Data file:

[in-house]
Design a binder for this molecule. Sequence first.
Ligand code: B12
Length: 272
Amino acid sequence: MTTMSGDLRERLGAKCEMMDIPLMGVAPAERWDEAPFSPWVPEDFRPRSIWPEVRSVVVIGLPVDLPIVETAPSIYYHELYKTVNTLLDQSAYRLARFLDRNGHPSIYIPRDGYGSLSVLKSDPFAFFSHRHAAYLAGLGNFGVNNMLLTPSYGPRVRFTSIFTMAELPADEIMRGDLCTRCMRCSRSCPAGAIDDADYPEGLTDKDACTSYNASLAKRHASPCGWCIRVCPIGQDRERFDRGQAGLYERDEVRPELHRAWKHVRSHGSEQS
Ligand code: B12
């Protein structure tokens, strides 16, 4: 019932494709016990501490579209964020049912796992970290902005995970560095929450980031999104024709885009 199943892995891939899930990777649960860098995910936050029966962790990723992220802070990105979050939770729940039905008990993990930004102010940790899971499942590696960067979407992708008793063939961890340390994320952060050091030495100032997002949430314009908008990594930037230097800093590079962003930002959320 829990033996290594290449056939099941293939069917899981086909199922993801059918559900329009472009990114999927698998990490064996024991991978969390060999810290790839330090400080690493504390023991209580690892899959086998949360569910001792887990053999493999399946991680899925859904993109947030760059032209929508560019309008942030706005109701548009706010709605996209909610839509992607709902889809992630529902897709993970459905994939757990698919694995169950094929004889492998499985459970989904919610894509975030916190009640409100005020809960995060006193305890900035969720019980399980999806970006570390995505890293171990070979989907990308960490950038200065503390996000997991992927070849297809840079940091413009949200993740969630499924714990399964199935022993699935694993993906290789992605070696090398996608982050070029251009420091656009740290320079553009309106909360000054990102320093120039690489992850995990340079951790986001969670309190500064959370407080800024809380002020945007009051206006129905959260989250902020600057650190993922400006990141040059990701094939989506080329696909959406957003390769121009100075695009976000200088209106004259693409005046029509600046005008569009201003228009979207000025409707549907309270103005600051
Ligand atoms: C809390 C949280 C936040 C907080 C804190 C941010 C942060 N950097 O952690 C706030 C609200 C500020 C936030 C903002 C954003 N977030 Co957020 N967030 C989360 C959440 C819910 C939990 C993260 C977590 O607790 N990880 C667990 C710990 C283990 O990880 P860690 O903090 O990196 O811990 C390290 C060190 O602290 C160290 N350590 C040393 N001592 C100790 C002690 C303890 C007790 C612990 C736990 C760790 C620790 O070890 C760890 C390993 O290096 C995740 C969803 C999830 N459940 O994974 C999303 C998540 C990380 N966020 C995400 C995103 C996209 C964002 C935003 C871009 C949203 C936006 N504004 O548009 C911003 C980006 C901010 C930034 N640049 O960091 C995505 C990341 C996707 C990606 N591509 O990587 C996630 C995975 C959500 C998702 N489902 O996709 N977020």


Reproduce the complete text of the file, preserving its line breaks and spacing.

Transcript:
[in-house]
Design a binder for this molecule. Sequence first.
Ligand code: B12
Length: 272
Amino acid sequence: MTTMSGDLRERLGAKCEMMDIPLMGVAPAERWDEAPFSPWVPEDFRPRSIWPEVRSVVVIGLPVDLPIVETAPSIYYHELYKTVNTLLDQSAYRLARFLDRNGHPSIYIPRDGYGSLSVLKSDPFAFFSHRHAAYLAGLGNFGVNNMLLTPSYGPRVRFTSIFTMAELPADEIMRGDLCTRCMRCSRSCPAGAIDDADYPEGLTDKDACTSYNASLAKRHASPCGWCIRVCPIGQDRERFDRGQAGLYERDEVRPELHRAWKHVRSHGSEQS
Ligand code: B12
């Protein structure tokens, strides 16, 4: 019932494709016990501490579209964020049912796992970290902005995970560095929450980031999104024709885009 199943892995891939899930990777649960860098995910936050029966962790990723992220802070990105979050939770729940039905008990993990930004102010940790899971499942590696960067979407992708008793063939961890340390994320952060050091030495100032997002949430314009908008990594930037230097800093590079962003930002959320 829990033996290594290449056939099941293939069917899981086909199922993801059918559900329009472009990114999927698998990490064996024991991978969390060999810290790839330090400080690493504390023991209580690892899959086998949360569910001792887990053999493999399946991680899925859904993109947030760059032209929508560019309008942030706005109701548009706010709605996209909610839509992607709902889809992630529902897709993970459905994939757990698919694995169950094929004889492998499985459970989904919610894509975030916190009640409100005020809960995060006193305890900035969720019980399980999806970006570390995505890293171990070979989907990308960490950038200065503390996000997991992927070849297809840079940091413009949200993740969630499924714990399964199935022993699935694993993906290789992605070696090398996608982050070029251009420091656009740290320079553009309106909360000054990102320093120039690489992850995990340079951790986001969670309190500064959370407080800024809380002020945007009051206006129905959260989250902020600057650190993922400006990141040059990701094939989506080329696909959406957003390769121009100075695009976000200088209106004259693409005046029509600046005008569009201003228009979207000025409707549907309270103005600051
Ligand atoms: C809390 C949280 C936040 C907080 C804190 C941010 C942060 N950097 O952690 C706030 C609200 C500020 C936030 C903002 C954003 N977030 Co957020 N967030 C989360 C959440 C819910 C939990 C993260 C977590 O607790 N990880 C667990 C710990 C283990 O990880 P860690 O903090 O990196 O811990 C390290 C060190 O602290 C160290 N350590 C040393 N001592 C100790 C002690 C303890 C007790 C612990 C736990 C760790 C620790 O070890 C760890 C390993 O290096 C995740 C969803 C999830 N459940 O994974 C999303 C998540 C990380 N966020 C995400 C995103 C996209 C964002 C935003 C871009 C949203 C936006 N504004 O548009 C911003 C980006 C901010 C930034 N640049 O960091 C995505 C990341 C996707 C990606 N591509 O990587 C996630 C995975 C959500 C998702 N489902 O996709 N977020």